[HowTo] Protect kernels with btrfs when /boot is vfat

Difficulty: ★★★☆☆

In some installs /boot is an extra partition, which also is used for UEFI

  1. The size of this partition is too small to hold more than 1 kernel
  2. While Updating, everything is protected through btrfs-snapshots (but not the kernel in /boot)

Move the kernels to btrfs

  • To be able to do full rollbacks including the kernels.
  • without a change on any of the partitions (because of the UUID)
  • To be able to boot the same way as it boots now

This all can be done in the running system, but if something goes wrong, it is handy to have a backup, and a live-USB ready :wink:

To move the kernels into btrfs it is only necessary to change the mountpoint of the BOOT-partition, so it becomes a EFI-partition.

The following must be done as root

sudo su -

We unmount the partition

umount /boot

In /etc/fstab change the mountpoint of the vfat-partition with the editor of your choice (nano, mc, vim, …) from /boot to /boot/EFI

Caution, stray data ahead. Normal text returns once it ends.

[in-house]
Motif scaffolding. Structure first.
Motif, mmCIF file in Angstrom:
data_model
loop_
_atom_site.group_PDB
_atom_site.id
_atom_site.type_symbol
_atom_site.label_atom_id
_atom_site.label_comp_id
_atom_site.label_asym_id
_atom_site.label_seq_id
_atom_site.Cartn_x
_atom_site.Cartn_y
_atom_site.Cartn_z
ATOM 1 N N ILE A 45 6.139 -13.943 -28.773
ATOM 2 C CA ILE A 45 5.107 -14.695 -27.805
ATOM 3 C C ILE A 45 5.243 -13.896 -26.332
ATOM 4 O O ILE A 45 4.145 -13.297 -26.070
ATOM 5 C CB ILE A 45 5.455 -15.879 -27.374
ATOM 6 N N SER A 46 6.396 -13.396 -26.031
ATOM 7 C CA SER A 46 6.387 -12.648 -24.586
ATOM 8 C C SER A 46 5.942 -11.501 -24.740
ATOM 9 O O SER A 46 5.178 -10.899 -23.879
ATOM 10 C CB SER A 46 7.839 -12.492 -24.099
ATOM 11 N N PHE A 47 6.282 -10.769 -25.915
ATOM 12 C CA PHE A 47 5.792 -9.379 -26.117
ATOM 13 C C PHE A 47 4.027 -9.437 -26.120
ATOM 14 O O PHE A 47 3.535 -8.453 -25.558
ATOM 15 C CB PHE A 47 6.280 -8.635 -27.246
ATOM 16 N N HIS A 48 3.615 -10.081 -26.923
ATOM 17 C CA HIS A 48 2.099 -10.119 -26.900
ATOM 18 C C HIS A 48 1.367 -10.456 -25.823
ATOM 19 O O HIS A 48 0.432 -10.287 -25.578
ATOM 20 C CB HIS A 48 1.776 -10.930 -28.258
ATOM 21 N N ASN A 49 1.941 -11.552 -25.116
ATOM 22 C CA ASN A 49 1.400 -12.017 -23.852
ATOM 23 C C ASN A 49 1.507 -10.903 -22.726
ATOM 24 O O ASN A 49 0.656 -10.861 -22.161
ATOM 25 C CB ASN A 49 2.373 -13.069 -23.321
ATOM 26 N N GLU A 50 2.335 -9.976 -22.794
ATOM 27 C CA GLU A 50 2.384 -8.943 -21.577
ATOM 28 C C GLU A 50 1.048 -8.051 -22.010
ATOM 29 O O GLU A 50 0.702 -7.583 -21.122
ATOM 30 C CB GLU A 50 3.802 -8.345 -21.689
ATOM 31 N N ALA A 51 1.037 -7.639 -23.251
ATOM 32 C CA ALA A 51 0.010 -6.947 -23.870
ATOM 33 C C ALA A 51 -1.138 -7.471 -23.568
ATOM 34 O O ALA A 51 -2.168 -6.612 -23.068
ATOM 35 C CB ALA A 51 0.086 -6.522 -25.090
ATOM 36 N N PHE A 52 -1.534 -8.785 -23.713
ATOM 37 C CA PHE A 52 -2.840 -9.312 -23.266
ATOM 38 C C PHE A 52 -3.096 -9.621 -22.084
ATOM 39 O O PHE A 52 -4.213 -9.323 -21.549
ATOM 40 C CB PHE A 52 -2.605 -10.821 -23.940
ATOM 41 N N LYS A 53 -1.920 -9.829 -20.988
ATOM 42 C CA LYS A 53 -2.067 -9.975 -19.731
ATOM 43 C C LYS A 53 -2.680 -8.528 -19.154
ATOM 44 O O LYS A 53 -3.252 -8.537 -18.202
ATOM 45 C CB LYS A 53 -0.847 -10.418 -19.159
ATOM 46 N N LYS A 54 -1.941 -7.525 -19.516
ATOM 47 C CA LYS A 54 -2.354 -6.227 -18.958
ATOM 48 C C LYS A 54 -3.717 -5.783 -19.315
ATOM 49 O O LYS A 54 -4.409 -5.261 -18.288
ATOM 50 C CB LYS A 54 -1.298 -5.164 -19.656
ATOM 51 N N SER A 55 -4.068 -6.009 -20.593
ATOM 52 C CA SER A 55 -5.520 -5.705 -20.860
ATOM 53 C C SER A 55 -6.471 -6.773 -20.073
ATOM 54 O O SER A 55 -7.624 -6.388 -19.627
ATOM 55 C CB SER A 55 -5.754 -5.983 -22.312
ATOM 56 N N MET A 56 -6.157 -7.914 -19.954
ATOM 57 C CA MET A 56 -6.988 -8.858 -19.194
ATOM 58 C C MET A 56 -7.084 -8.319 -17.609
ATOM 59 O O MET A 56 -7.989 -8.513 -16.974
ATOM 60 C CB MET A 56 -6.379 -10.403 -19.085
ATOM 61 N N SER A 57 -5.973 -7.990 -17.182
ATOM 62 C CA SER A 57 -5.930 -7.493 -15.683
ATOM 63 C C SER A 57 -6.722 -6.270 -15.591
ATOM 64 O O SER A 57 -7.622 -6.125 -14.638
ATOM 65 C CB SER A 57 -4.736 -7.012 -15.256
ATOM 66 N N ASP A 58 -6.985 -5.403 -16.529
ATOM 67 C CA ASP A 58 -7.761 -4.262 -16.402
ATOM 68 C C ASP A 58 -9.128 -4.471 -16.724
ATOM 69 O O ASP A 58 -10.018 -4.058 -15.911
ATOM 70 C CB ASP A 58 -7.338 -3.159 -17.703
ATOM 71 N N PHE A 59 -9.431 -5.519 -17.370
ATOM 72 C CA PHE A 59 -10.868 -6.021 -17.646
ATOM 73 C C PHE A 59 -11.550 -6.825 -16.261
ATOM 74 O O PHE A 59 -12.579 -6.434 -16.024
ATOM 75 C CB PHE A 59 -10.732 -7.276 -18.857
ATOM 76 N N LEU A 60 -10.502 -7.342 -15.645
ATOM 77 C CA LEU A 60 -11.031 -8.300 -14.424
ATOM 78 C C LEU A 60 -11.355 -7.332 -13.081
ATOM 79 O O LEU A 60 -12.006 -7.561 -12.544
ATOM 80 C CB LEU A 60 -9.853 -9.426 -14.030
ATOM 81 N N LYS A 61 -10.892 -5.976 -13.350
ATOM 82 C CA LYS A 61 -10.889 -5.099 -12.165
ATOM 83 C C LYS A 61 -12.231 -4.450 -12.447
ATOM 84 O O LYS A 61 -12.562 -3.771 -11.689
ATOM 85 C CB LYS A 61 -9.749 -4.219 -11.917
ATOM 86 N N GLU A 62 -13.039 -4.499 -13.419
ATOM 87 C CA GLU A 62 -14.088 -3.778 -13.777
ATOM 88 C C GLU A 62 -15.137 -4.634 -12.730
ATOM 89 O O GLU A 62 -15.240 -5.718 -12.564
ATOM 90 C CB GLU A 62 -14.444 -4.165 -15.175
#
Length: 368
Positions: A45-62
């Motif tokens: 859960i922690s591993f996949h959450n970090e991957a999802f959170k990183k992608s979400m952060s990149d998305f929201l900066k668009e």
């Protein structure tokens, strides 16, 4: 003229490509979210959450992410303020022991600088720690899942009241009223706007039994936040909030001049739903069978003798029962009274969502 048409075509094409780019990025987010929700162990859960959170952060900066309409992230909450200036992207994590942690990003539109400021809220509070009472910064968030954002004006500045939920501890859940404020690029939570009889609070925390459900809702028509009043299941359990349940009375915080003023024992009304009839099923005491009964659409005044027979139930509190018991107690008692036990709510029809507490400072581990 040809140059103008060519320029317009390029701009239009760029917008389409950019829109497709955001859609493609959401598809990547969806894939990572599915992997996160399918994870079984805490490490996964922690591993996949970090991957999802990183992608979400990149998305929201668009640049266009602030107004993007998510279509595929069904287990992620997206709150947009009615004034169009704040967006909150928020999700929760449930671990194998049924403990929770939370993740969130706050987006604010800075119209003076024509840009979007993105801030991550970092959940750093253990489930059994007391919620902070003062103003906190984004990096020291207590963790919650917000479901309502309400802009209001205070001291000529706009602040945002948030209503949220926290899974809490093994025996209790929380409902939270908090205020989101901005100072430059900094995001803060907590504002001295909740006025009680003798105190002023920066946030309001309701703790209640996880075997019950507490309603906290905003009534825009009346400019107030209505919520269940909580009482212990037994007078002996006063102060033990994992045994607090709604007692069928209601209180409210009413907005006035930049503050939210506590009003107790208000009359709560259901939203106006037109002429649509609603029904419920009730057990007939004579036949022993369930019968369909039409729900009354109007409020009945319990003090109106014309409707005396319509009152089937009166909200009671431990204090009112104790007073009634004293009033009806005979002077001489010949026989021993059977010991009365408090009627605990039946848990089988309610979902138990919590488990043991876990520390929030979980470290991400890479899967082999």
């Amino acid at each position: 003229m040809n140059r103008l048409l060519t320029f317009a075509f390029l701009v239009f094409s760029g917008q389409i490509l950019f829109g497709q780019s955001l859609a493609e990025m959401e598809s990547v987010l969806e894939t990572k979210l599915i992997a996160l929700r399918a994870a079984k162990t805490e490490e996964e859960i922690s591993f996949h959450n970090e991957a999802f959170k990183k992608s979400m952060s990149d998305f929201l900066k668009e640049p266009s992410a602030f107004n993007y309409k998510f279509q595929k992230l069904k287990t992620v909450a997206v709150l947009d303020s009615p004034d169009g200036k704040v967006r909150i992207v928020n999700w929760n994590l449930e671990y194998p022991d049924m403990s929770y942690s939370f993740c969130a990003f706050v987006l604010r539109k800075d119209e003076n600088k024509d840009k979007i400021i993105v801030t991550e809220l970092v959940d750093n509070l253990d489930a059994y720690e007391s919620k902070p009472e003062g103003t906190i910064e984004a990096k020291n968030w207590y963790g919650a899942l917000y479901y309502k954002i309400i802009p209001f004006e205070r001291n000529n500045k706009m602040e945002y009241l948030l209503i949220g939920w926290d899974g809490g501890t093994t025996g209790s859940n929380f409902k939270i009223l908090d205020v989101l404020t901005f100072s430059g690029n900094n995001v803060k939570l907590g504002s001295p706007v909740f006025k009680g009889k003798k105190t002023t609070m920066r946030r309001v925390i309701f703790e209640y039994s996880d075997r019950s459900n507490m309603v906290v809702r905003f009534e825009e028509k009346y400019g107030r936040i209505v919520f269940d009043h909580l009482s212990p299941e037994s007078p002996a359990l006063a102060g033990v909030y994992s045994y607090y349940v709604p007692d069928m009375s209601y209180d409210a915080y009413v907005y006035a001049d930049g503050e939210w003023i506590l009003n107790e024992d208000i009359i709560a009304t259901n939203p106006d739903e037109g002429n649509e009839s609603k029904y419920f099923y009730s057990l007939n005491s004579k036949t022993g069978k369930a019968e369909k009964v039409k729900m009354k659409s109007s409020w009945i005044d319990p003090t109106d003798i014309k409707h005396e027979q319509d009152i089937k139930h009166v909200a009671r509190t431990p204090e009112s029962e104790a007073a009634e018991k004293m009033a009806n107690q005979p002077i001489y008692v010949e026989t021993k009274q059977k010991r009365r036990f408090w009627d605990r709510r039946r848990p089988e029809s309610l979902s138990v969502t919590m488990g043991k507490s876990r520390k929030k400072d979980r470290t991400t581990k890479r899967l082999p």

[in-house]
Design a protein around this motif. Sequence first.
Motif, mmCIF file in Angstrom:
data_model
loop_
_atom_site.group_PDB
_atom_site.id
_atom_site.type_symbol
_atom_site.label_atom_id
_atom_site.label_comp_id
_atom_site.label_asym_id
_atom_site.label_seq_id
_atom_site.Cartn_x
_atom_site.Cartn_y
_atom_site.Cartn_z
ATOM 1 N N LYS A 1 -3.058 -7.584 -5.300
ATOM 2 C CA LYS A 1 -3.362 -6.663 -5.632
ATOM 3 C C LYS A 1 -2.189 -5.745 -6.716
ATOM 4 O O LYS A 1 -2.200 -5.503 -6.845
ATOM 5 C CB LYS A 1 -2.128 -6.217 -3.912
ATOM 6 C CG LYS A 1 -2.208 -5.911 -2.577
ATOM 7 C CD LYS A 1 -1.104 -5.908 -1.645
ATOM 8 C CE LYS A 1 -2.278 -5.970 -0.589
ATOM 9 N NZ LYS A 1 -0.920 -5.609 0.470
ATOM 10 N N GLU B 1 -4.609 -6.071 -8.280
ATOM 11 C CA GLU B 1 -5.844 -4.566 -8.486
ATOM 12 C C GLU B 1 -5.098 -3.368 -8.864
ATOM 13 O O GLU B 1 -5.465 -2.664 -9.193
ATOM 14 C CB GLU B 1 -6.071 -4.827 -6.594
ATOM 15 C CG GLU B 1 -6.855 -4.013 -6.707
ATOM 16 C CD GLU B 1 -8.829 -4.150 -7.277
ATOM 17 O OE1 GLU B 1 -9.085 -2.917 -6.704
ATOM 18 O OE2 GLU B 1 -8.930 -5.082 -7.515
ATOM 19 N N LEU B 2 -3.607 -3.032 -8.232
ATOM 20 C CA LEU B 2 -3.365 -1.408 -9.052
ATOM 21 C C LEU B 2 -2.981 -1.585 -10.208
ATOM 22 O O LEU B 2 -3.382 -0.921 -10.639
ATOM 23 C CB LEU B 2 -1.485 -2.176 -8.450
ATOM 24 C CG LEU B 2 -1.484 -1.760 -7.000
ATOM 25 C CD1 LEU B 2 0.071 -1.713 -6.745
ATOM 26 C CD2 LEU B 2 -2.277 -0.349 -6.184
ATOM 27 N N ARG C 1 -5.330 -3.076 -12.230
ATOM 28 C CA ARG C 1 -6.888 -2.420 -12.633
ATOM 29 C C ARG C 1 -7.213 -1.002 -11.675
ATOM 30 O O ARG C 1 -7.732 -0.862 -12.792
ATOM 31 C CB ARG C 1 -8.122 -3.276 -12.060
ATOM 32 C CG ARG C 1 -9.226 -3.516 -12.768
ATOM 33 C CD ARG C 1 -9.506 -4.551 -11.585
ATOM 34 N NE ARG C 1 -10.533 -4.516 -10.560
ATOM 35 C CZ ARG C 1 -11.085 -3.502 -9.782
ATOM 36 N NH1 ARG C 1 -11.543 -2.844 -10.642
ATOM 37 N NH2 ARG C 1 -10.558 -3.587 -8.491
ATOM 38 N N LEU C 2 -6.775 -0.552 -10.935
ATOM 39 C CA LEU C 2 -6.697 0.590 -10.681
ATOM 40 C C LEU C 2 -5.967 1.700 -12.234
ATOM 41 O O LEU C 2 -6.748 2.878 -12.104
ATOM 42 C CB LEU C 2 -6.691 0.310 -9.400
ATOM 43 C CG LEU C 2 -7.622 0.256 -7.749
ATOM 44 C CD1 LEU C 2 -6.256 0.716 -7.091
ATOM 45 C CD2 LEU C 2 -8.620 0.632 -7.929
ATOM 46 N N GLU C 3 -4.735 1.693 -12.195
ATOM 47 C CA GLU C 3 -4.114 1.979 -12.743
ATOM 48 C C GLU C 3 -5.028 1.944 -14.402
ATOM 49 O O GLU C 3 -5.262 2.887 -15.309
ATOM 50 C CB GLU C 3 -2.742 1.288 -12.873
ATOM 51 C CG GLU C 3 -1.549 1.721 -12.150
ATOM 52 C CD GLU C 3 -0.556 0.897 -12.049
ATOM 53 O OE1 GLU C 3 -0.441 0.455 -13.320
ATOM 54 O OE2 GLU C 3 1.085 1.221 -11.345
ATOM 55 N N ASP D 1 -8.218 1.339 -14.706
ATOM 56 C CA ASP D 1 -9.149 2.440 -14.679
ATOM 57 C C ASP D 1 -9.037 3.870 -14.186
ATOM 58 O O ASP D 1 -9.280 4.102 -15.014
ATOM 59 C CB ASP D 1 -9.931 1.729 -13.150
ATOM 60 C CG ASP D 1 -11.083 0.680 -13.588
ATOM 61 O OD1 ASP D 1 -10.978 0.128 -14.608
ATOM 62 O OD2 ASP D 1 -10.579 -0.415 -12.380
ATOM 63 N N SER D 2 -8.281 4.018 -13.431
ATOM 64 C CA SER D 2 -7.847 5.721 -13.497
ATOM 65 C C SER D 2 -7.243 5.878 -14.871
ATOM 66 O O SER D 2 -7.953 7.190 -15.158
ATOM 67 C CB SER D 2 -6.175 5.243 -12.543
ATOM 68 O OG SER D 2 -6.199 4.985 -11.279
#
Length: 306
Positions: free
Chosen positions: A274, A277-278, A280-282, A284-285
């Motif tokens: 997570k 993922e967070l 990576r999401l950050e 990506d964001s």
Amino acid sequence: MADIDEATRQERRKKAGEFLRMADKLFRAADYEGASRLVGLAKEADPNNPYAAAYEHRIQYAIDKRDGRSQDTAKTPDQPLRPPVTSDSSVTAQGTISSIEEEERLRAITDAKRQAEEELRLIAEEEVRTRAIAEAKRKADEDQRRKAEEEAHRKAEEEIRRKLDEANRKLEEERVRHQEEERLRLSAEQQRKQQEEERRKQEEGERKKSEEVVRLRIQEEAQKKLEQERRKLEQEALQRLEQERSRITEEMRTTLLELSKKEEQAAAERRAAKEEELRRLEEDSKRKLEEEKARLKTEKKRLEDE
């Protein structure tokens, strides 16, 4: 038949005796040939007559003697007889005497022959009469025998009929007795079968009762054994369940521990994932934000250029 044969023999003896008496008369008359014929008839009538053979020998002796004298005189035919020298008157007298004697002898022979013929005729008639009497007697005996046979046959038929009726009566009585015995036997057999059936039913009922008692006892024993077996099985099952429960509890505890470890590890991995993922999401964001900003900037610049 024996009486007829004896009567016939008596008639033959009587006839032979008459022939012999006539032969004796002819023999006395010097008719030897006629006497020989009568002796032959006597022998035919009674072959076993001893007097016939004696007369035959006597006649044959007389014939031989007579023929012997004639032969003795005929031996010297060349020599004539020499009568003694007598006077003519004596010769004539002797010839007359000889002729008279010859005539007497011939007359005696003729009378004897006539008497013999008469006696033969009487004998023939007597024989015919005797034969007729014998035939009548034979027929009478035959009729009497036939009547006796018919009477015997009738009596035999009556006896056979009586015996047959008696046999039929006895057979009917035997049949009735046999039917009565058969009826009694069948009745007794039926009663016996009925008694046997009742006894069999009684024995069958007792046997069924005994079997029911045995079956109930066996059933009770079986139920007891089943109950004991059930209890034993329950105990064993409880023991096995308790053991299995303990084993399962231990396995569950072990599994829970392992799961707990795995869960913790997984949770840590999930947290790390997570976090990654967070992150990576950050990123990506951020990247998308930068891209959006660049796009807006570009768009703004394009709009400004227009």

UUID=A2E3-0A6F		/boot	vfat		rw,...


UUID=A2E3-0A6F		/boot/EFI	vfat		rw,...

then reload fstab

systemctl daemon-reload 

create the new mountpoint

mkdir /boot/EFI

and remount the EFI-Partition

mount /boot/EFI

Now the file grub.cfg would be in the wrong place. It has to be in /boot/grub/grub.cfg but now is in /boot/EFI/grub/grub.cgf. To make grub.cfg show up in the right place we only need a symbolic link

ln -sr /boot/EFI/grub /boot/grub

The kernels are now in /boot/EFI, but have to be in /boot to be bootable
Instead of moving, we install a new kernel. It will be installed to /boot

mhwd-kernel -i linux515

The kernel and the initramdisks have to show up in /boot. If this works, you are able to reboot.


Then after a reboot you can delete the kernel and initrd from /boot/EFI/

rm /boot/EFI/initram*.img
rm /boot/EFI/*.kver
rm /boot/EFI/vmlinuz-*


Do not forget to now add a second kernel :smiling_face_with_three_hearts:


I have previously been informed by @Aragorn that it is much more preferable to use:

sudo su -


su -



P.S. This is a follow Up to

Why not simply either of these?:thinking:

  • sudo -i
  • sudo -s